1. You consent to any personal information you provide in entering the prize draw being used by the Company for the purposes of administering the prize draw.
  2. Winners agree to participate in any reasonable publicity related to the prize draw which may include the publication of their name and photograph in any media.
  3. All personal information shall be used in accordance with the Company’s Data Protection Policy, accessible here

Limitation of Liability

  1. The Company does not accept any liability for any damage, loss, injury or disappointment suffered by any entrants as a result of either participating in the prize draw or being selected for a prize, save that the Company does not exclude its liability for death or personal injury as a result of its own negligence.


  1. The Company reserves the right to cancel the prize draw or amend these terms and conditions at any time, without prior notice.
  2. The prize draw and these terms and conditions will be governed by English law and any disputes will be subject to the exclusive jurisdiction of the courts of England and Wales.









The Regs: Take safety into account when designing partition’s

One of the questions we regularly get asked is whether or not Building Regulations apply to minor works to fit out offices, shops, and so on. In most cases the answer is ‘yes’ and there are quite a few regulations that you can fall foul of if you are not careful.

It will come as a surprise to many that even a simple project to subdivide an office can require building control approval. This is because the regulations apply to any alteration that affects the means of escape in case of fire, even if it there is no structural work proposed. Conversely, taking down partitions to make an open plan office can also require permission, as the partitions may have formed a means-of-escape corridor or other form of protected escape route.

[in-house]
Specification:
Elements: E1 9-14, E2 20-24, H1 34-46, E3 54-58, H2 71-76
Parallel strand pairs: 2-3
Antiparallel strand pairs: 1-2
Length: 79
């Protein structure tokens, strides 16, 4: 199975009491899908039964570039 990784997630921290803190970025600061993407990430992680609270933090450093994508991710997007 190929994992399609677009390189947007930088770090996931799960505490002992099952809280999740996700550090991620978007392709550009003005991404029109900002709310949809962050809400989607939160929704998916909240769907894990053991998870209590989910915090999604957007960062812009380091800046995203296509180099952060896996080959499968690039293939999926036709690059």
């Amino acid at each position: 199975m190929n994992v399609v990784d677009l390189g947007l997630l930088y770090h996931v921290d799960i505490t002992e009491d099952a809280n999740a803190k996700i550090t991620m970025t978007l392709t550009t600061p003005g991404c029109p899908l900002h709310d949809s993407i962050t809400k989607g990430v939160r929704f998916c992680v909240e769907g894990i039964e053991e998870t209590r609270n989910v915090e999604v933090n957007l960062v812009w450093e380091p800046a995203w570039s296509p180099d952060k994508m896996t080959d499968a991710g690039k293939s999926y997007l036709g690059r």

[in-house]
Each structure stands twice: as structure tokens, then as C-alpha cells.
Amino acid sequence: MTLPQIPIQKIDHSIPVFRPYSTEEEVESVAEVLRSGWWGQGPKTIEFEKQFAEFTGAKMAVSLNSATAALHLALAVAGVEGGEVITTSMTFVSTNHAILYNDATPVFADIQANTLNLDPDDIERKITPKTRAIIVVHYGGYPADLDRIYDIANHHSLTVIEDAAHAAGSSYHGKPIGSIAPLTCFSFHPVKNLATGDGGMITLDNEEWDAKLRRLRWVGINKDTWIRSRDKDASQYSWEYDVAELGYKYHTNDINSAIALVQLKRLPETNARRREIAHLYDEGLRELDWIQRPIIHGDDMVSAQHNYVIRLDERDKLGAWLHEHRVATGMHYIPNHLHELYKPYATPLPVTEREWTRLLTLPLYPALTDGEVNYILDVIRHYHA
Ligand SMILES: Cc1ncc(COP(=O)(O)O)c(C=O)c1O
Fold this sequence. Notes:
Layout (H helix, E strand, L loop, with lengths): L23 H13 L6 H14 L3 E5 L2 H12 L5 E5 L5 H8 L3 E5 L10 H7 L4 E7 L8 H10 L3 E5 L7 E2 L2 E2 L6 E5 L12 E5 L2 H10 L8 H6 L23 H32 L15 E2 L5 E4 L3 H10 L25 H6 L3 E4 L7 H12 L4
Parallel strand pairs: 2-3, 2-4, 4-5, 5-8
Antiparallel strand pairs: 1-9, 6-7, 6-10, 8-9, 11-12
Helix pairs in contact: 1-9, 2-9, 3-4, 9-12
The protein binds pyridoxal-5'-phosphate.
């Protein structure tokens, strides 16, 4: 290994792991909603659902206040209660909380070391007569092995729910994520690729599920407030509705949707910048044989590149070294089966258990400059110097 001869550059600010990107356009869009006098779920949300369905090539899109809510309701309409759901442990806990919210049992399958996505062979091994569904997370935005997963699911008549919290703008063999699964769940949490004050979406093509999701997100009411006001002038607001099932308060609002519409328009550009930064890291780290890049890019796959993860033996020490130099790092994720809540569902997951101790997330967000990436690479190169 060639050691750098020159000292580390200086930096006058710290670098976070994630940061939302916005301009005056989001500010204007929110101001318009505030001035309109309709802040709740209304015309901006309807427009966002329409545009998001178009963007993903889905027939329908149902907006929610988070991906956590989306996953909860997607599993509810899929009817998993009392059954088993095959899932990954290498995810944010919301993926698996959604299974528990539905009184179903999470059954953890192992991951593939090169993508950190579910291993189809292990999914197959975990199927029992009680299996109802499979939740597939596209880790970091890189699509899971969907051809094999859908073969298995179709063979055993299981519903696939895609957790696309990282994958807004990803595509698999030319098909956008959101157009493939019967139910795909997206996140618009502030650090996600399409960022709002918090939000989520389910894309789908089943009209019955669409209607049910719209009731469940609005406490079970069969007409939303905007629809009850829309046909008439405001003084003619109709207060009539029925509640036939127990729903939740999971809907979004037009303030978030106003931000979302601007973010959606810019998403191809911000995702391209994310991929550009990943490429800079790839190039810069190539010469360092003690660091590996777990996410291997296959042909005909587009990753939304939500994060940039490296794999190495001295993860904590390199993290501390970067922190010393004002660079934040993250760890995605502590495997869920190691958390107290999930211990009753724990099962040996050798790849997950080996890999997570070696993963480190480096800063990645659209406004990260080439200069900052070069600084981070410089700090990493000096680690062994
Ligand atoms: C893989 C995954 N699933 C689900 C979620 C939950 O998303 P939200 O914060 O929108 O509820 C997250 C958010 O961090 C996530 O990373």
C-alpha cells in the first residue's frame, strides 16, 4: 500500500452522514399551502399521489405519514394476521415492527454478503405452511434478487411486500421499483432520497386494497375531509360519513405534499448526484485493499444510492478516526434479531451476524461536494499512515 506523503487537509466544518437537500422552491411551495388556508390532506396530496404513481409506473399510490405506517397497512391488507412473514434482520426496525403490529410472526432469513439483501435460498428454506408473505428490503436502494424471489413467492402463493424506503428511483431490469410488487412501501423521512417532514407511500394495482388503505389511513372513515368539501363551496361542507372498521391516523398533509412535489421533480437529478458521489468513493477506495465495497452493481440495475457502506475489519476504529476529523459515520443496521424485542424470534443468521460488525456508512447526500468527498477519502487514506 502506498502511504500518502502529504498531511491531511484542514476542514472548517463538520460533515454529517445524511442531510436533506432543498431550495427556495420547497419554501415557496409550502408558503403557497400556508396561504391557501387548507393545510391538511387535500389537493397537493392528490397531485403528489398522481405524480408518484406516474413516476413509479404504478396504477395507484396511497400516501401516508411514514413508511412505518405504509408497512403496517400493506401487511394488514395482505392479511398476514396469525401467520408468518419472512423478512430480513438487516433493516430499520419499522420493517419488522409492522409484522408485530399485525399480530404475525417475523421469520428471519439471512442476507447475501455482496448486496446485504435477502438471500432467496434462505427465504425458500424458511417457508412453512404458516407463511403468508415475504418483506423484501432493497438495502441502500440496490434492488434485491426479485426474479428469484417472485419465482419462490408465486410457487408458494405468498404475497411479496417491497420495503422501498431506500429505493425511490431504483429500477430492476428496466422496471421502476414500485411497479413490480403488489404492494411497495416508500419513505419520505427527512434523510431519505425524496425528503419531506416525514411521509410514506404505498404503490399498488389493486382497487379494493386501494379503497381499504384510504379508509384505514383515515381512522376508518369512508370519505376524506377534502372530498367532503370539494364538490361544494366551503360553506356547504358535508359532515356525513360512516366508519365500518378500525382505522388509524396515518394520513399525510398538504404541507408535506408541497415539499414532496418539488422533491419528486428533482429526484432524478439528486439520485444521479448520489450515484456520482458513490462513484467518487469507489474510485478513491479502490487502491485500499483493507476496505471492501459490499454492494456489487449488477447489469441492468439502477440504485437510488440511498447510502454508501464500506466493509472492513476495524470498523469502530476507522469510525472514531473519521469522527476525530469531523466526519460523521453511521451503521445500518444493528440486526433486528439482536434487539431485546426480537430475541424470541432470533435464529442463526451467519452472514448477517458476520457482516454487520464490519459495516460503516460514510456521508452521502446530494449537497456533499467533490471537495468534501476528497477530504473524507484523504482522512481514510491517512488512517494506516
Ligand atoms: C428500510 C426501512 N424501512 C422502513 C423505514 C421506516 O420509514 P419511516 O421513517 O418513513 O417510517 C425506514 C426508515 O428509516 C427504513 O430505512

A typical scheme might involve creating a new office or meeting room within an existing open plan layout. This is known as an inner room, and specific rules apply, as the only escape route is through another room and a fire in the outer room could trap someone inside. Therefore, Building Regulations require that:

  • the capacity of the inner room does not exceed 60 people (which could rule out meeting and conference rooms)
  • the escape route from the inner room should not pass through more than one outer room
  • the travel distance from the inner room to the exit(s) from the outer room should be limited (usually to 18m in total)
  • the outer room should not be a place of special fire hazard
  • the outer room should be in the control of the same occupier; and
  • in order to give early warning of a problem, either
  1. the partitions of the inner room should be stopped at least 500mm below the ceiling, or
  2. a vision panel not less than 0.1m2 should be located in the door or walls of the inner room, or
  3. the outer room should be fitted with automatic fire detection which is audible within the inner room.

Other considerations include:

  • changes to the emergency lighting and fire exit signage may be required
  • changes to sprinklers or fire detector locations may be required
  • wall and ceiling linings should be controlled and the surface spread of flame rating limited.